ocPortal does not need any special configuration itself, and will simply bind to an HTTP-auth user only when it sees one is being used and when it sees that there is no normal-user override (i.e. you don't have a manual ocPortal login in addition to HTTP-authentication).
When defining access rules on Apache you will need to define most of the HTTP-auth settings (i.e. define the security zone) in the main .htaccess file, and then place the actual restrictions (e.g. require valid-user) on the files placed within individual zones (and the 'data' directory also – it is key this is given it too, or parts of ocPortal will not function correctly due to inconsistent login state across frames). You must not define the full set of security settings separately for each zone because it will make the web browser treat each zone and the 'data' directory as having separate logins, causing a lot of repeated requests for re-authentication.
One further note about the Welcome Zone: If you use the shoutbox or poll blocks, these make calls to the 'data' directory (which you will have secured via HTTP-auth), which will prompt for logins. Also the preview function on the Guestbook will do this too. To resolve this problem, copy the data/preview.php and data/iframe.php files to the base directory; ocPortal will then be smart enough to find the right ones to use based on the zone the user is in.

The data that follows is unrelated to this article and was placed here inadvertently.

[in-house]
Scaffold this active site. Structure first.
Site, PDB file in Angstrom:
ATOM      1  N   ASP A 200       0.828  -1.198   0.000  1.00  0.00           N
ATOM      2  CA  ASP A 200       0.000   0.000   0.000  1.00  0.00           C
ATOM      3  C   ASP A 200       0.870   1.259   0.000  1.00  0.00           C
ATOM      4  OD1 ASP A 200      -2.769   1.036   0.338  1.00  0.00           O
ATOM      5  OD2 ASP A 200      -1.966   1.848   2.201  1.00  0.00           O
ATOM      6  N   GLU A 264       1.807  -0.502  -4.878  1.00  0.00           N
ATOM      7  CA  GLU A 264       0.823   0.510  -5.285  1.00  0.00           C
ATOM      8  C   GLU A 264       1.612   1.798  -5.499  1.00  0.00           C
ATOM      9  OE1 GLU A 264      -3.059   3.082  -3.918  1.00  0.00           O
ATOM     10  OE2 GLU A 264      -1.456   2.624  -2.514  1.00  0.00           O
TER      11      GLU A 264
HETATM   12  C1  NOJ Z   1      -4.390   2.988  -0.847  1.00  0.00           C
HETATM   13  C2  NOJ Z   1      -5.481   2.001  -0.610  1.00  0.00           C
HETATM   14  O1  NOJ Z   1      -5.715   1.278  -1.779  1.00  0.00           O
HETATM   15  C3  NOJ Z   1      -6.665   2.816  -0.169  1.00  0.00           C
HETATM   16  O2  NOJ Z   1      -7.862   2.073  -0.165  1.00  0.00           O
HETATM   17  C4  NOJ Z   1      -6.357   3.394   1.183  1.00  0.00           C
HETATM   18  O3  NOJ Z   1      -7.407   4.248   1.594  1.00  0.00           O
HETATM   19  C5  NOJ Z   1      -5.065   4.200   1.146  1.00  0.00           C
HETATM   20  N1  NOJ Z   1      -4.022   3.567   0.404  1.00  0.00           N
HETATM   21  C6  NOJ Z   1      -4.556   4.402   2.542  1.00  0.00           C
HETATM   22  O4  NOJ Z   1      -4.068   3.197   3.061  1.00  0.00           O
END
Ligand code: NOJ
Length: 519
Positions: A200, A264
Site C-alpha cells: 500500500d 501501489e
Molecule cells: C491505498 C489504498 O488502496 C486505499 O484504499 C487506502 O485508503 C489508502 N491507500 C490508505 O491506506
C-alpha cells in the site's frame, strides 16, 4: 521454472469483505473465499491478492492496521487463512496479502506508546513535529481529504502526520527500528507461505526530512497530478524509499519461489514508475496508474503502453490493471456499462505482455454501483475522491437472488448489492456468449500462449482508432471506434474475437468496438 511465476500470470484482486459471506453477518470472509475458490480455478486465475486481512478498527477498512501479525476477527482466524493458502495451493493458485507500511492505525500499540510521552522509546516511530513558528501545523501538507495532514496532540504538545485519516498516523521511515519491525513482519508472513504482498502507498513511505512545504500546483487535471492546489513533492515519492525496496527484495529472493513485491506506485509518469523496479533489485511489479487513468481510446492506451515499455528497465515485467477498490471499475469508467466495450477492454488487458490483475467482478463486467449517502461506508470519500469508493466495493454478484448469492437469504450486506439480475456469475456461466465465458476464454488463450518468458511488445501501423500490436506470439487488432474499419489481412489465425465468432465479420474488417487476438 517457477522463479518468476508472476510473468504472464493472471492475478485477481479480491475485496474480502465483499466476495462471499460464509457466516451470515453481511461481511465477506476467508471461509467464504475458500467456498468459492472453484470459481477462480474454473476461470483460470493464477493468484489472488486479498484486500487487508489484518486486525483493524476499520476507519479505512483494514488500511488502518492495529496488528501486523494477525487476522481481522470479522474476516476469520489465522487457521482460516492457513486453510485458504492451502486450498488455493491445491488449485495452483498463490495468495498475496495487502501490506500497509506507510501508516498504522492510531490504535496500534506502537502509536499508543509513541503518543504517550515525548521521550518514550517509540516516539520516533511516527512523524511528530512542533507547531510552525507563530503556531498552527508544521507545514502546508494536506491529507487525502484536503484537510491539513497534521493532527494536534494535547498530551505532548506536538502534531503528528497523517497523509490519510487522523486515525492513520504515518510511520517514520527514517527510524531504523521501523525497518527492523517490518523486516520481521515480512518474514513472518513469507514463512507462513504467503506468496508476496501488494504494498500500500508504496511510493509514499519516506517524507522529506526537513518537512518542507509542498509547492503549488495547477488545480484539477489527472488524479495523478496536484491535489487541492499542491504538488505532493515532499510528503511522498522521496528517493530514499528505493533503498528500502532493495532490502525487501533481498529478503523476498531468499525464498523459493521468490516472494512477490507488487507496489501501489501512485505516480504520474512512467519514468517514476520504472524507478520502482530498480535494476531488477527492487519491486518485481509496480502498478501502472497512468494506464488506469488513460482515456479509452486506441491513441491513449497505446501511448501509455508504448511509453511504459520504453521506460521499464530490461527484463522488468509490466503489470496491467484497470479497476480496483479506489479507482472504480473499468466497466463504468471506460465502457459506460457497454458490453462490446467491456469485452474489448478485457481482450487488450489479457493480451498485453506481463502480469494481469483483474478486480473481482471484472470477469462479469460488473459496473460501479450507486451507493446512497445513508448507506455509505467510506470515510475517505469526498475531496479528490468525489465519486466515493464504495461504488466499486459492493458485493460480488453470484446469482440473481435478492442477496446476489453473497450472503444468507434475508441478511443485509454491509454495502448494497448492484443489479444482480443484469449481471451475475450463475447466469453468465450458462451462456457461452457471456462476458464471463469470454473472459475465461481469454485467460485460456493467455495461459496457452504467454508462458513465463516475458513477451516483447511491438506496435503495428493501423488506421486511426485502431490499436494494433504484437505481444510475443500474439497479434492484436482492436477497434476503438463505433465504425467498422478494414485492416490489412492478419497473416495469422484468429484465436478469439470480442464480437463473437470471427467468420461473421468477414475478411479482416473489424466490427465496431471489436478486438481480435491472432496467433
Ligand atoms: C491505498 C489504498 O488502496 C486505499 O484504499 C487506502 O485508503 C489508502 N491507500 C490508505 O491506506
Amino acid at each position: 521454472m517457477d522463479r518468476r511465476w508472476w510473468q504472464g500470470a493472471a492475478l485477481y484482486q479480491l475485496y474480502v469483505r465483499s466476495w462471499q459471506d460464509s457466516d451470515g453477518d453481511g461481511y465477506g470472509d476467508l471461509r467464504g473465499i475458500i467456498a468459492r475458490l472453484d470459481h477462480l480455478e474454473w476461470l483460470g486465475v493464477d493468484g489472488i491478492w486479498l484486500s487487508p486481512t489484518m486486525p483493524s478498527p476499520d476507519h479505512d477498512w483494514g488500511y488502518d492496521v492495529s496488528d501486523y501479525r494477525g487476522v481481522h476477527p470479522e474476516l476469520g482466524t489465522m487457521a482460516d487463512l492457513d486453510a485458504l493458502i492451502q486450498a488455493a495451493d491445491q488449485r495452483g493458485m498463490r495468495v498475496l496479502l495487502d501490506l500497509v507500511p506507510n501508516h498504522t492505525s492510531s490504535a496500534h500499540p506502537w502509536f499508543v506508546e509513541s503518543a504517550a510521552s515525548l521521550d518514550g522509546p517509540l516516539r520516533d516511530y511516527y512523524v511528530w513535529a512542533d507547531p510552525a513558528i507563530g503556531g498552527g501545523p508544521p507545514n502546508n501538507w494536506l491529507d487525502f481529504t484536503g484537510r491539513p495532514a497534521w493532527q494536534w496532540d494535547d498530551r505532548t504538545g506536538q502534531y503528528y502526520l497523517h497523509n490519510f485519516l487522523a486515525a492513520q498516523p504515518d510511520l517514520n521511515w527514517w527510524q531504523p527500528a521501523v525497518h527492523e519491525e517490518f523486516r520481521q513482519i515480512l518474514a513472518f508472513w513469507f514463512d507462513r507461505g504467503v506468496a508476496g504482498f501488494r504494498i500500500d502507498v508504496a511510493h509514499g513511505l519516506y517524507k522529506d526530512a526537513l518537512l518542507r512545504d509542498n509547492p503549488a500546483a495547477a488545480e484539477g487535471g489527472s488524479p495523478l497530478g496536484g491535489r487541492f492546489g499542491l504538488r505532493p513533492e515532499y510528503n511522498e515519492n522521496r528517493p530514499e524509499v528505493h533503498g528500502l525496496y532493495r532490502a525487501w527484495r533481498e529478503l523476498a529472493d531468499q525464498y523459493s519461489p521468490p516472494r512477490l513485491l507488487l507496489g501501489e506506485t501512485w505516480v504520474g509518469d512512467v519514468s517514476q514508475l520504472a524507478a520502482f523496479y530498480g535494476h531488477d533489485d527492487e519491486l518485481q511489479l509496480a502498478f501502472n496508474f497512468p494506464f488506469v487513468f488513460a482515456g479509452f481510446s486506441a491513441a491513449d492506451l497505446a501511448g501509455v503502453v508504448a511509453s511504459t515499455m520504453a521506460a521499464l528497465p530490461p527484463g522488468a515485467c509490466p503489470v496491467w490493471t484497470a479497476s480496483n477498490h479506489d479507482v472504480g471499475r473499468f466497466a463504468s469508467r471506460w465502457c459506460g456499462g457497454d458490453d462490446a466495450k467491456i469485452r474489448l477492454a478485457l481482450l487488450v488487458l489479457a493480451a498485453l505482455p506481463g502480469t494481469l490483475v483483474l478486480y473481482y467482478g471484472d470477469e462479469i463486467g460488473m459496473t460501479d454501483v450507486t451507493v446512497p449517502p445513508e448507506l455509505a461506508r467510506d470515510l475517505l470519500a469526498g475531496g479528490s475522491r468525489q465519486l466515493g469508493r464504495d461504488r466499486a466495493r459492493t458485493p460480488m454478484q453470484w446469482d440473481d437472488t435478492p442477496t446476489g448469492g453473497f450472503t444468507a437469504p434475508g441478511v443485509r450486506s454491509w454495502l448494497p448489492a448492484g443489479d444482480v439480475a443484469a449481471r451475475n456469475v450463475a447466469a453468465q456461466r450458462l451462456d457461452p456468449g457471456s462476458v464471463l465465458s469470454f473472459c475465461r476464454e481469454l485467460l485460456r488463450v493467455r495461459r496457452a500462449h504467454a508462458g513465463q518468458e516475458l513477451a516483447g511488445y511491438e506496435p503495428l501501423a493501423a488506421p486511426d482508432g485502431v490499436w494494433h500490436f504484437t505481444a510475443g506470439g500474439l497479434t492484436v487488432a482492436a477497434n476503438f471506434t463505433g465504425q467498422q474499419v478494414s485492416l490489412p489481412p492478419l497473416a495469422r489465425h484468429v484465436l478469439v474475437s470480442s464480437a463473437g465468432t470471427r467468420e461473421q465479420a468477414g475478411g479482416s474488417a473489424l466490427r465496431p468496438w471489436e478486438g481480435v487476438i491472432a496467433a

You may find that the Flash uploader ocPortal has does not work with HTTP-authentication, as Flash might not be able to provide credentials properly.
You may disable it in the accessibility configuration options (Admin Zone > Setup > Configuration > Accessibility options).

As previously mentioned, but worth re-iterating: ocPortal is only accessible in HTTP-auth enabled areas if the user is actually able to HTTP-authenticate there. ocPortal will then assume that user is logged in. If ocPortal cannot see any HTTP-auth user, it can only be because that ocPortal zone is not secured with HTTP-auth.
This takes some time to get-your-head-around, but makes sense when you do. If it helps, consider the situation like this: with HTTP-authentication, security and authentication is being taken away from ocPortal and moved to another layer- it puts ocPortal in a position to be able to make assumptions by placing a virtual shield in front of it.


Authentication over HTTP, where the web application is reached only if the web server and web browser agree on a username and password; the web application can then tell the authenticated user

See also